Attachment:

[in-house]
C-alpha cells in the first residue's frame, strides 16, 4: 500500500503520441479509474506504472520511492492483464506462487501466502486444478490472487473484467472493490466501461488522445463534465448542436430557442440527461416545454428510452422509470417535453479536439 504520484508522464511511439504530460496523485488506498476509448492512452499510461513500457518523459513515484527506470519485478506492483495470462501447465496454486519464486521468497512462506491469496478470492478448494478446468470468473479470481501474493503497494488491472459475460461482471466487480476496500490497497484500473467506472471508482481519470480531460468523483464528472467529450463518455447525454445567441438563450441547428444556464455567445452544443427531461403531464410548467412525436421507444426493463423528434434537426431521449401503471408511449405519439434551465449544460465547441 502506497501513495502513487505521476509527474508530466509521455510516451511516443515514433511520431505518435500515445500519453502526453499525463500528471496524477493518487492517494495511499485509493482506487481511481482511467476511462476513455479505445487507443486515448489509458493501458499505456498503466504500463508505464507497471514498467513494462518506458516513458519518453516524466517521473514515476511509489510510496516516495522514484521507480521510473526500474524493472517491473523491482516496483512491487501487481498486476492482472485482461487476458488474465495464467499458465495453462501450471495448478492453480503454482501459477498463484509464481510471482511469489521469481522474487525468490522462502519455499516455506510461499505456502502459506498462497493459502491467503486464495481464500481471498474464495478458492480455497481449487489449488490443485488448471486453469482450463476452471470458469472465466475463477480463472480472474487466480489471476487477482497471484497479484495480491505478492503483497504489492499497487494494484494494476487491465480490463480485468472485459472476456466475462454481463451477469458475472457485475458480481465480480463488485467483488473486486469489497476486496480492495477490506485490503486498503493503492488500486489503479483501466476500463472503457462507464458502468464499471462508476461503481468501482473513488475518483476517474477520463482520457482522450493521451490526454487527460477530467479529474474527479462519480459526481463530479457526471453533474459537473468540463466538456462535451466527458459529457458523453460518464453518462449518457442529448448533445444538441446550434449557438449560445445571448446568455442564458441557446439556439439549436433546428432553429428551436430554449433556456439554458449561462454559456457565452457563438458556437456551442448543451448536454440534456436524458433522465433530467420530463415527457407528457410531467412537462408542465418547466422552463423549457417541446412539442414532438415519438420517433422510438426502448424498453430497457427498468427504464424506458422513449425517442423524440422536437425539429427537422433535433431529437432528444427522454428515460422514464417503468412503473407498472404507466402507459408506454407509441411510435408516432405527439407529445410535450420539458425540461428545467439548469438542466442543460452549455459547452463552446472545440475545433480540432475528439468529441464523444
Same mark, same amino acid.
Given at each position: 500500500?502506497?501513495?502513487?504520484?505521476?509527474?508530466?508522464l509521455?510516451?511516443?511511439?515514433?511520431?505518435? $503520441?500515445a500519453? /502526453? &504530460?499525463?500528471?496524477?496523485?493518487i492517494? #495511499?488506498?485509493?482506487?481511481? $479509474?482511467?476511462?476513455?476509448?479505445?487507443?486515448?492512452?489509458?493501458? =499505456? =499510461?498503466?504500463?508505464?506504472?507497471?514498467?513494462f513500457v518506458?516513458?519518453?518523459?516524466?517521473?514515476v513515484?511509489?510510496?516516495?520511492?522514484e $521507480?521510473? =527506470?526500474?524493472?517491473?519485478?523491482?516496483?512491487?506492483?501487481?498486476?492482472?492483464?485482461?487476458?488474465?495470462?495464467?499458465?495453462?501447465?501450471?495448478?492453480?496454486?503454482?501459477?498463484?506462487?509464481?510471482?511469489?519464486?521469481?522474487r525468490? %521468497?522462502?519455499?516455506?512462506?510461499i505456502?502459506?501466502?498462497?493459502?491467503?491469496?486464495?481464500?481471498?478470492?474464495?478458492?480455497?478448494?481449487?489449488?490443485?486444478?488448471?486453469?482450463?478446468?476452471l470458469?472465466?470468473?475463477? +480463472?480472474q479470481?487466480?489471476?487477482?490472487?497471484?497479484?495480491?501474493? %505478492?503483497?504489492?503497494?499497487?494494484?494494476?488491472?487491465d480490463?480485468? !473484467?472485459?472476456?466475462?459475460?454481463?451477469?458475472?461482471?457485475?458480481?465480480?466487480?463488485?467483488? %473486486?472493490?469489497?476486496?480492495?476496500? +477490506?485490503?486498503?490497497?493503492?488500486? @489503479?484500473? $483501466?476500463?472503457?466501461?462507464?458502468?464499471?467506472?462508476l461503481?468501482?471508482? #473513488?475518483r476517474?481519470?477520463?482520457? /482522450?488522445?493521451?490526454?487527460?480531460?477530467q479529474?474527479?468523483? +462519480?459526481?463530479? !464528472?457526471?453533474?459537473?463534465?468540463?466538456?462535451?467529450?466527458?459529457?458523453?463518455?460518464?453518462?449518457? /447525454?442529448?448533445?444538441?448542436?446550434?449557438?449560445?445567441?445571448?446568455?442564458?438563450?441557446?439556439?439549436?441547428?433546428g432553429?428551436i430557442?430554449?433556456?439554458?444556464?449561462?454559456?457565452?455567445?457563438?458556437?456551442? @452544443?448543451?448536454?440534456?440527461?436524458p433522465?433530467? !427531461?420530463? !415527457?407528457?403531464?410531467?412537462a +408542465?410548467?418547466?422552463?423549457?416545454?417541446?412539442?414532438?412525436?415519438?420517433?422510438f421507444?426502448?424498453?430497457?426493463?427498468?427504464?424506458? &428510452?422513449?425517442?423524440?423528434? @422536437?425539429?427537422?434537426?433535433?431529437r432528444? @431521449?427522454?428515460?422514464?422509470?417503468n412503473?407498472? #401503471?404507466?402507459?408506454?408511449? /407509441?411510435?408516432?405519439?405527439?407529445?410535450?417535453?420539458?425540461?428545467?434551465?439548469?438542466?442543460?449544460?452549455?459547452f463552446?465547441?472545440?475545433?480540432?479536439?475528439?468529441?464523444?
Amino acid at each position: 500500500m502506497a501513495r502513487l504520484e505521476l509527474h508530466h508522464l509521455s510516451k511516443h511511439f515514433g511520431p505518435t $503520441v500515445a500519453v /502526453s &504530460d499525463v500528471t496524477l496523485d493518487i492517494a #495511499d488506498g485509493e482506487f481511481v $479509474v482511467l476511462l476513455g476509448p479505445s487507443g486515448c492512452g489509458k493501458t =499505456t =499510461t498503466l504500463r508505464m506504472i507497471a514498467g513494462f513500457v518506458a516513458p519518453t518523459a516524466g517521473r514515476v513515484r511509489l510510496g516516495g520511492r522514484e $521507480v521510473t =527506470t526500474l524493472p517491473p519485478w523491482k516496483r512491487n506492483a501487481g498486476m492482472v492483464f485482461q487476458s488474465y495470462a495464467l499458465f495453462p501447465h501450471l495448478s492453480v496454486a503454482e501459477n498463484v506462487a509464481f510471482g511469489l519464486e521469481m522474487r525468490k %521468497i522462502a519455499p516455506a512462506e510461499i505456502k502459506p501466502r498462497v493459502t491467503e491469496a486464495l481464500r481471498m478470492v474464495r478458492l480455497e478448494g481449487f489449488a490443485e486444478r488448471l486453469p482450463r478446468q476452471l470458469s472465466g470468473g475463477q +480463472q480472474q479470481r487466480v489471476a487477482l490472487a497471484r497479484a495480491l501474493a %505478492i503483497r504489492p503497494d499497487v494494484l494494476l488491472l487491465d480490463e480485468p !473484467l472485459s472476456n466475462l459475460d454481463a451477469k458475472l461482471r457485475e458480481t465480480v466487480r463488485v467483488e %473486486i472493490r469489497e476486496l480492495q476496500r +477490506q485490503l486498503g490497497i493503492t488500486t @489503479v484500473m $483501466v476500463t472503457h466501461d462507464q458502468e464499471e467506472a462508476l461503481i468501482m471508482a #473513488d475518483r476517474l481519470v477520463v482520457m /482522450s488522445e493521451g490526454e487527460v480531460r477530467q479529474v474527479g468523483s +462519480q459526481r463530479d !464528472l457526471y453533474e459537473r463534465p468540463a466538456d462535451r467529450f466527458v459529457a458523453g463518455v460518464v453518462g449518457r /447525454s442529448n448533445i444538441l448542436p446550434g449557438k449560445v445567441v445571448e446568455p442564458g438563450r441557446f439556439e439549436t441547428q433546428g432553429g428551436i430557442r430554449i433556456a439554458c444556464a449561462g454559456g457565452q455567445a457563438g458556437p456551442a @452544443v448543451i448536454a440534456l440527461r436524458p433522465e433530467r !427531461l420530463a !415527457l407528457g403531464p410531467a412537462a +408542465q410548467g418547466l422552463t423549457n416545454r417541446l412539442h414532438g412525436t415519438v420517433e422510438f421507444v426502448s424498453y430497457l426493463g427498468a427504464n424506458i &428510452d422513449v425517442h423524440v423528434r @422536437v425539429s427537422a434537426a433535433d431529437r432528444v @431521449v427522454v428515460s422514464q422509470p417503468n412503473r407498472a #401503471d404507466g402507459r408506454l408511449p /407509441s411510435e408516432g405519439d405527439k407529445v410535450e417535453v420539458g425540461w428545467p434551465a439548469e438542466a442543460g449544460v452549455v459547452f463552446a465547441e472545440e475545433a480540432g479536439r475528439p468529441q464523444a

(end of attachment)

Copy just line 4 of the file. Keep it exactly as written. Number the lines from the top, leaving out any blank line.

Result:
Given at each position: 500500500?502506497?501513495?502513487?504520484?505521476?509527474?508530466?508522464l509521455?510516451?511516443?511511439?515514433?511520431?505518435? $503520441?500515445a500519453? /502526453? &504530460?499525463?500528471?496524477?496523485?493518487i492517494? #495511499?488506498?485509493?482506487?481511481? $479509474?482511467?476511462?476513455?476509448?479505445?487507443?486515448?492512452?489509458?493501458? =499505456? =499510461?498503466?504500463?508505464?506504472?507497471?514498467?513494462f513500457v518506458?516513458?519518453?518523459?516524466?517521473?514515476v513515484?511509489?510510496?516516495?520511492?522514484e $521507480?521510473? =527506470?526500474?524493472?517491473?519485478?523491482?516496483?512491487?506492483?501487481?498486476?492482472?492483464?485482461?487476458?488474465?495470462?495464467?499458465?495453462?501447465?501450471?495448478?492453480?496454486?503454482?501459477?498463484?506462487?509464481?510471482?511469489?519464486?521469481?522474487r525468490? %521468497?522462502?519455499?516455506?512462506?510461499i505456502?502459506?501466502?498462497?493459502?491467503?491469496?486464495?481464500?481471498?478470492?474464495?478458492?480455497?478448494?481449487?489449488?490443485?486444478?488448471?486453469?482450463?478446468?476452471l470458469?472465466?470468473?475463477? +480463472?480472474q479470481?487466480?489471476?487477482?490472487?497471484?497479484?495480491?501474493? %505478492?503483497?504489492?503497494?499497487?494494484?494494476?488491472?487491465d480490463?480485468? !473484467?472485459?472476456?466475462?459475460?454481463?451477469?458475472?461482471?457485475?458480481?465480480?466487480?463488485?467483488? %473486486?472493490?469489497?476486496?480492495?476496500? +477490506?485490503?486498503?490497497?493503492?488500486? @489503479?484500473? $483501466?476500463?472503457?466501461?462507464?458502468?464499471?467506472?462508476l461503481?468501482?471508482? #473513488?475518483r476517474?481519470?477520463?482520457? /482522450?488522445?493521451?490526454?487527460?480531460?477530467q479529474?474527479?468523483? +462519480?459526481?463530479? !464528472?457526471?453533474?459537473?463534465?468540463?466538456?462535451?467529450?466527458?459529457?458523453?463518455?460518464?453518462?449518457? /447525454?442529448?448533445?444538441?448542436?446550434?449557438?449560445?445567441?445571448?446568455?442564458?438563450?441557446?439556439?439549436?441547428?433546428g432553429?428551436i430557442?430554449?433556456?439554458?444556464?449561462?454559456?457565452?455567445?457563438?458556437?456551442? @452544443?448543451?448536454?440534456?440527461?436524458p433522465?433530467? !427531461?420530463? !415527457?407528457?403531464?410531467?412537462a +408542465?410548467?418547466?422552463?423549457?416545454?417541446?412539442?414532438?412525436?415519438?420517433?422510438f421507444?426502448?424498453?430497457?426493463?427498468?427504464?424506458? &428510452?422513449?425517442?423524440?423528434? @422536437?425539429?427537422?434537426?433535433?431529437r432528444? @431521449?427522454?428515460?422514464?422509470?417503468n412503473?407498472? #401503471?404507466?402507459?408506454?408511449? /407509441?411510435?408516432?405519439?405527439?407529445?410535450?417535453?420539458?425540461?428545467?434551465?439548469?438542466?442543460?449544460?452549455?459547452f463552446?465547441?472545440?475545433?480540432?479536439?475528439?468529441?464523444?